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REVIEW: "Hacking for Dummies", Kevin Beaver

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  • Rob, grandpa of Ryan, Trevor, Devon & Ha
    BKHACKDM.RVW 20060910 Hacking for Dummies , Kevin Beaver, 2004, 0-7645-5784-X, U$24.99/C$35.99/UK#16.99 %A Kevin Beaver kbeaver@principlelogic.com %C
    Message 1 of 1 , Oct 25, 2006
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      BKHACKDM.RVW 20060910

      "Hacking for Dummies", Kevin Beaver, 2004, 0-7645-5784-X,
      %A Kevin Beaver kbeaver@...
      %C 5353 Dundas Street West, 4th Floor, Etobicoke, ON M9B 6H8
      %D 2004
      %G 0-7645-5784-X
      %I John Wiley & Sons, Inc.
      %O U$24.99/C$35.99/UK#16.99 416-236-4433 fax: 416-236-4448
      %O http://www.amazon.com/exec/obidos/ASIN/076455784X/robsladesinterne
      %O http://www.amazon.ca/exec/obidos/ASIN/076455784X/robsladesin03-20
      %O Audience i- Tech 1 Writing 2 (see revfaq.htm for explanation)
      %P 358 p.
      %T "Hacking for Dummies"

      Why, yes, now that you mention it, I believe that I *did* use this
      title in an April Fools joke back in 2002 (cf. BKHAKDUM.RVW). Turns
      out the joke's on me: this time they're serious.

      Actually, the introduction points out that the book is about "ethical"
      hacking (otherwise known as penetration testing), and is intended for
      system administrators, information security managers, and security
      consultants who want some tips on security assessment. So it isn't
      exactly a "hack to secure" book, but I can't be expected to be happy
      about the title.

      Part one is supposed to give you a foundation for ethical hacking.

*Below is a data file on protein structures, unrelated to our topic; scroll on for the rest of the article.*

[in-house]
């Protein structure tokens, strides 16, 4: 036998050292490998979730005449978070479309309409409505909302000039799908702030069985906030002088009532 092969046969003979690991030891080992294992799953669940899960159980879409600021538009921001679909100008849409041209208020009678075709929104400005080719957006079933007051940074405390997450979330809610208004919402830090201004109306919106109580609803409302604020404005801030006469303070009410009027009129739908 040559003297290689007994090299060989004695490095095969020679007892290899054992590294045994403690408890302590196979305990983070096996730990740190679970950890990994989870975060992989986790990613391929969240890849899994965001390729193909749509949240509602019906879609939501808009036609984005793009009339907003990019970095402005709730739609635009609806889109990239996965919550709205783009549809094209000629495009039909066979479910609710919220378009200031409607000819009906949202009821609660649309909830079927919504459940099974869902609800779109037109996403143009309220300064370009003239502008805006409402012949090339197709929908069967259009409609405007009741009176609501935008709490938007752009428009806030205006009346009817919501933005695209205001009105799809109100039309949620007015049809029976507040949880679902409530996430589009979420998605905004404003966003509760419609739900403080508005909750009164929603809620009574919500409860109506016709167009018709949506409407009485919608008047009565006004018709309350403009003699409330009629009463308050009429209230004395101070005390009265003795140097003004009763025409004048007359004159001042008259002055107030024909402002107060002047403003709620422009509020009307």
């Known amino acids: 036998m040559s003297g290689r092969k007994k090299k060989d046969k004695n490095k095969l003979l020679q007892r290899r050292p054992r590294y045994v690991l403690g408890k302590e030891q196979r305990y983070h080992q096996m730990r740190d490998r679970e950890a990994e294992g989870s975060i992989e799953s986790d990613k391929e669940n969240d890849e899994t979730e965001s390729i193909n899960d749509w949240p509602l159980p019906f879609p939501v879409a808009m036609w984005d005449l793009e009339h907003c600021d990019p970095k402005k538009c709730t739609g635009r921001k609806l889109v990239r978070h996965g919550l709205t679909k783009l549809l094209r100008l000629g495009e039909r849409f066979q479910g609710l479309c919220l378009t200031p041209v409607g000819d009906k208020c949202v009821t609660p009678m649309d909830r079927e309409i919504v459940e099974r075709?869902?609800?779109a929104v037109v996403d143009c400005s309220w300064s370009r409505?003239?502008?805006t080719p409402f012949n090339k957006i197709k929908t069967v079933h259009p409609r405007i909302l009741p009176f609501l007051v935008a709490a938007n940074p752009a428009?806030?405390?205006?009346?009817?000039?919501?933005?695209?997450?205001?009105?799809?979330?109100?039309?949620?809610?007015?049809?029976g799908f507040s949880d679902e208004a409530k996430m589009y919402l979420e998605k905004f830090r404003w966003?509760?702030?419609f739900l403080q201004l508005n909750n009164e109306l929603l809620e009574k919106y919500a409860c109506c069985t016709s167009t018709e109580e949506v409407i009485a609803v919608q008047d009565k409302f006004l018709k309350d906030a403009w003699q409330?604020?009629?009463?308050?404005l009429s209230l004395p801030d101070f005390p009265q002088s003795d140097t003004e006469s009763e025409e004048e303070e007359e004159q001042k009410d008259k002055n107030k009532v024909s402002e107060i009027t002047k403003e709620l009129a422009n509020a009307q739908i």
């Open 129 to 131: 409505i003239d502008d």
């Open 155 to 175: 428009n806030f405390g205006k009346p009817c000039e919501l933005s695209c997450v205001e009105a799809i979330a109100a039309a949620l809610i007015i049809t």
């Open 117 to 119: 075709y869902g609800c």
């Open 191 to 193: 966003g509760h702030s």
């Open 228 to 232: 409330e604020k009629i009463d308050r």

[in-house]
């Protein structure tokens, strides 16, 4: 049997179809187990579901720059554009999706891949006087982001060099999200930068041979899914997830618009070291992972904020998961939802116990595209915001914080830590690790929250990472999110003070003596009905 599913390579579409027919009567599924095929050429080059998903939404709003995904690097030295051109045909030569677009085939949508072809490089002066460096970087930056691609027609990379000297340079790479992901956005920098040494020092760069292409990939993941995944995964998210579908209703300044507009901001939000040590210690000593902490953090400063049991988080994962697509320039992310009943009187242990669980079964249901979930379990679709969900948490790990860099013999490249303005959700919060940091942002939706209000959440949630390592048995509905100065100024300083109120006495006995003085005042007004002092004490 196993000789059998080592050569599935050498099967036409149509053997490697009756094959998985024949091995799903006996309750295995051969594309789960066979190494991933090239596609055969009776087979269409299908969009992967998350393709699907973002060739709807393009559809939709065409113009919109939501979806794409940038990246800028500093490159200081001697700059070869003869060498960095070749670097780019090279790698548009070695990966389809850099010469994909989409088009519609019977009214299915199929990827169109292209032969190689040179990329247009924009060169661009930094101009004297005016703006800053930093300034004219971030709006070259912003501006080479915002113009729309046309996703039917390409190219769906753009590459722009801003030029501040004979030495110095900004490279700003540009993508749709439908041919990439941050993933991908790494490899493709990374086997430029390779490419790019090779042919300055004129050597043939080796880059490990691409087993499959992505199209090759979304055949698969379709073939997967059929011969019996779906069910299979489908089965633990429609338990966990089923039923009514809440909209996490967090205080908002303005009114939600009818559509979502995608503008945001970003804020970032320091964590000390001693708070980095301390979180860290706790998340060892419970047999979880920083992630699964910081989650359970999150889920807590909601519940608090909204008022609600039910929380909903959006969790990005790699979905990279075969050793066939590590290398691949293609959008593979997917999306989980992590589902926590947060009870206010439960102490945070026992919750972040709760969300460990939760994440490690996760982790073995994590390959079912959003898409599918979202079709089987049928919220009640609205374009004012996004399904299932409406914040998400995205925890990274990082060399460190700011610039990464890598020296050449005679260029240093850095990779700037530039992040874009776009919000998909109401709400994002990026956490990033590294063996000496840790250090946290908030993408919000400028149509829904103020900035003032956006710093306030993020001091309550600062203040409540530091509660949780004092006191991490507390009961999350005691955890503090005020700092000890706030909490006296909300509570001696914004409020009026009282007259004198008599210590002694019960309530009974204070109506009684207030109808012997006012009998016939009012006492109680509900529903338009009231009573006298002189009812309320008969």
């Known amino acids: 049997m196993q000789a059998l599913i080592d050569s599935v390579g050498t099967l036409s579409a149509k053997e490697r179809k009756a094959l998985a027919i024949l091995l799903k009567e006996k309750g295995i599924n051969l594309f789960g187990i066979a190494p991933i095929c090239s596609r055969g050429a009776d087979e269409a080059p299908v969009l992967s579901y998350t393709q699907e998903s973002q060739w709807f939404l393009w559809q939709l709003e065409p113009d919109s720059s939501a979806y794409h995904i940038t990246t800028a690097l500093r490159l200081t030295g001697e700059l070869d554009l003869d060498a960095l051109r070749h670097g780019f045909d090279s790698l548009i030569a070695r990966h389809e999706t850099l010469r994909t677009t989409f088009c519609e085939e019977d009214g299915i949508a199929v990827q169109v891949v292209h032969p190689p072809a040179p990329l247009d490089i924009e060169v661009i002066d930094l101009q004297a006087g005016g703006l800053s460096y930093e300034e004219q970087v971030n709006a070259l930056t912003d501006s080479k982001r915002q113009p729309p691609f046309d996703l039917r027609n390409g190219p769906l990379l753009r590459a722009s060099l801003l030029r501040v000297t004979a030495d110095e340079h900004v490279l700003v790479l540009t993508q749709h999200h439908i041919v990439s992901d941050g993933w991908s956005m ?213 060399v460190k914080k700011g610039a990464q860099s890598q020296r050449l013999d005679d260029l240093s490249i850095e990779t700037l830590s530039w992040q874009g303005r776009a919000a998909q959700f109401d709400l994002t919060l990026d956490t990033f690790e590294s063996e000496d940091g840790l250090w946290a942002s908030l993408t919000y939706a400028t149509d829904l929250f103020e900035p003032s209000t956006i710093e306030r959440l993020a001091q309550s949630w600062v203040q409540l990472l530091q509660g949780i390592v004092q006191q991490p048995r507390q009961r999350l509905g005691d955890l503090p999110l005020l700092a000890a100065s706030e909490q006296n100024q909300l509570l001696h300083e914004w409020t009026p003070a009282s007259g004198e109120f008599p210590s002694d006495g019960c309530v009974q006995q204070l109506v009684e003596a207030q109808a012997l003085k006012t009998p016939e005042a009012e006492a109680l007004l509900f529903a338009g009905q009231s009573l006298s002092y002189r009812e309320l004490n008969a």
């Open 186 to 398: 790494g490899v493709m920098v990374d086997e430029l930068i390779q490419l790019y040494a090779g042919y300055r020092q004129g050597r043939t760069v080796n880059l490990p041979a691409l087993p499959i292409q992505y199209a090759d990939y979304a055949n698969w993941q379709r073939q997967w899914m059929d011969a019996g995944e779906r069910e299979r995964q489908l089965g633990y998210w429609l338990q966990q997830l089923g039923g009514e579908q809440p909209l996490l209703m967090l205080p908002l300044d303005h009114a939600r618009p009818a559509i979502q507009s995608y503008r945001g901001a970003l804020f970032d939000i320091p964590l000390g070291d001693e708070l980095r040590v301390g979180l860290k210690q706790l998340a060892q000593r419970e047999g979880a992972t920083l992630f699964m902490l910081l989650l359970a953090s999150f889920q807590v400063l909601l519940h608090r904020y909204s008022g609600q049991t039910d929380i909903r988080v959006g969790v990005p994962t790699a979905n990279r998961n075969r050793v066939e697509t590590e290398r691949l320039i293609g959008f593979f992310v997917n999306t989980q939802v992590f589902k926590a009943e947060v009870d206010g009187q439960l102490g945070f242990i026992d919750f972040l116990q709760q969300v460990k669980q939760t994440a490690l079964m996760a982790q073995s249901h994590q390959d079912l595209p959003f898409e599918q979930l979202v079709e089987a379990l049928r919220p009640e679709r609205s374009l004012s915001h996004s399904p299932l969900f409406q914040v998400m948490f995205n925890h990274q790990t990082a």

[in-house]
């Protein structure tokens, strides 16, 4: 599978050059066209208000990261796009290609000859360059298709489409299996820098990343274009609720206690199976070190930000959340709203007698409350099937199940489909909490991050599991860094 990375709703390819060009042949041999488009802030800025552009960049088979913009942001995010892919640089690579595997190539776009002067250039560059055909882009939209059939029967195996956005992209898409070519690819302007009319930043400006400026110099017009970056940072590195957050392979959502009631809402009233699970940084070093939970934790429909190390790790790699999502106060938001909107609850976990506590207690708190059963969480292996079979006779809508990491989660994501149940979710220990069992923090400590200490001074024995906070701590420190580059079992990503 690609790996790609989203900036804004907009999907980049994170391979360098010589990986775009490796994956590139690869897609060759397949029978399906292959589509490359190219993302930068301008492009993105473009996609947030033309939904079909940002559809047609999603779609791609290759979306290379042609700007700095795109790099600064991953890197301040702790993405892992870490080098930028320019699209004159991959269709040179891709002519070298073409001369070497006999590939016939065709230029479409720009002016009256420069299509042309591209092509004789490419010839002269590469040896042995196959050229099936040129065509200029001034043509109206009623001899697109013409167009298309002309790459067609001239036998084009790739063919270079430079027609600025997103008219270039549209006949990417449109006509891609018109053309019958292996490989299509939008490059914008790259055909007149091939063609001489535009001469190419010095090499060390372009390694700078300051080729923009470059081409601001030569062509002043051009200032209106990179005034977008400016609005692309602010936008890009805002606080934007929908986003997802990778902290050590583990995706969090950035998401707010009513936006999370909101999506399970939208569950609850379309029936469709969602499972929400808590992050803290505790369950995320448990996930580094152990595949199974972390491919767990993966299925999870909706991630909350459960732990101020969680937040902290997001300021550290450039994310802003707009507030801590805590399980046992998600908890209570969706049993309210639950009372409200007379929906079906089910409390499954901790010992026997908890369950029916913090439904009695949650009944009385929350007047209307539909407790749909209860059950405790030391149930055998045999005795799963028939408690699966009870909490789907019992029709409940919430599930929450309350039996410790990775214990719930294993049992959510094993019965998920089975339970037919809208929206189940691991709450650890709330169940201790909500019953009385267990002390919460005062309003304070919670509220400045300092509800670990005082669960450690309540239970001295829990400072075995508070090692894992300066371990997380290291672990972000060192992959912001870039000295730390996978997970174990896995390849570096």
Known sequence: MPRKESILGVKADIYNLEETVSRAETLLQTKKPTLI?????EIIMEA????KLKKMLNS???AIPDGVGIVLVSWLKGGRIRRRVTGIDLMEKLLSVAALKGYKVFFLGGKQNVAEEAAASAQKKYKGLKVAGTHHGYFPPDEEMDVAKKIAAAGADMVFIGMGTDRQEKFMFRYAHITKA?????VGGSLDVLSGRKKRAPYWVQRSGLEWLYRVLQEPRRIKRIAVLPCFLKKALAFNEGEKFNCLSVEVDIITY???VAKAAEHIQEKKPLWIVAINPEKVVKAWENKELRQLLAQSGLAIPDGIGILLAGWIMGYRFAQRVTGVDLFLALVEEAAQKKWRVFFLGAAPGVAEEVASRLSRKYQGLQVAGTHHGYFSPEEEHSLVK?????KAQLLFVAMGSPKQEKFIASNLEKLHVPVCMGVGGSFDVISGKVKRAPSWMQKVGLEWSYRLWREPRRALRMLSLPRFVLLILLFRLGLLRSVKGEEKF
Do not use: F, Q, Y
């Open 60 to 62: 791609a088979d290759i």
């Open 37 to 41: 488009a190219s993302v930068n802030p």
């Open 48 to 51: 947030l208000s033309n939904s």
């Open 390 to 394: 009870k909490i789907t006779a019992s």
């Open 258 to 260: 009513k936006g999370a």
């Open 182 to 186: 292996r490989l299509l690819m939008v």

Chapter one, an introduction, sets out the usual "set a thief to catch
      a thief" argument, lists some attack types, and recommends that
      readers be ethical. The usual "hacker mindset" stereotypes are in
      chapter two. Chapter three has a terse but reasonable list of
      questions that may assist you in planning for a penetration test.
      Some initial sources of information that attackers will use to direct
      their assaults are given in chapter four.

      Part two purports to get you started on the attack itself. Chapter
      five has a basic but haphazard discussion of social engineering.
      Physical security is important, but the material in chapter six is
      incomplete, and concentrates more on attacks than countermeasures.
      Random trivia about passwords is in chapter seven.

      Part three turns to networks. Chapter eight looks at wardialling. (I
      agree that the practice should not be ignored, if only to find
      neglected modems, but the content is still obsolete.) A list of
      vulnerability scanning tools makes up chapter nine. Wireless hacking,
      in chapter ten, has a catalogue of tools, but also suggests useful

      Part four looks at hacking the operating system. Chapter eleven
      repeats the inventory of Windows tools, twelve repeats the Linux
      utilities, and thirteen has different tools--because they are
      especially for Novell Netware.

      Part five moves to application hacks. Poor information about malware,
      and weak suggestions about testing, are in chapter fourteen. Attacks
      against email and instant messaging, in chapter fifteen, are random,
      esoteric, and unrealistic. The content about attacks directed against
      web applications, in chapter sixteen, is disorganized and poorly

      Part six deals with the outcomes and results of an ethical hack.
      Chapter seventeen provides a terse list of contents for penetration
      test reports. Rectifying security problems is minimally covered in
      chapter eighteen. Ongoing security assessment and awareness programs
      are suggested in nineteen.

      Part seven is the part of tens, comprising ten tips for getting
      management "buy in" (for the idea of "ethical hacking") and ten
      mistakes (in conducting a penetration test).

      This book may be helpful as a source for suggesting vulnerability
      scanning tools, but not much else.

      copyright Robert M. Slade, 2006 BKHACKDM.RVW 20060910

      ====================== (quote inserted randomly by Pegasus Mailer)
      rslade@... slade@... rslade@...
      90% of all infections are Stoned.
      - the viral corollary to Sturgeon's Law
      Dictionary of Information Security www.syngress.com/catalog/?pid=4150
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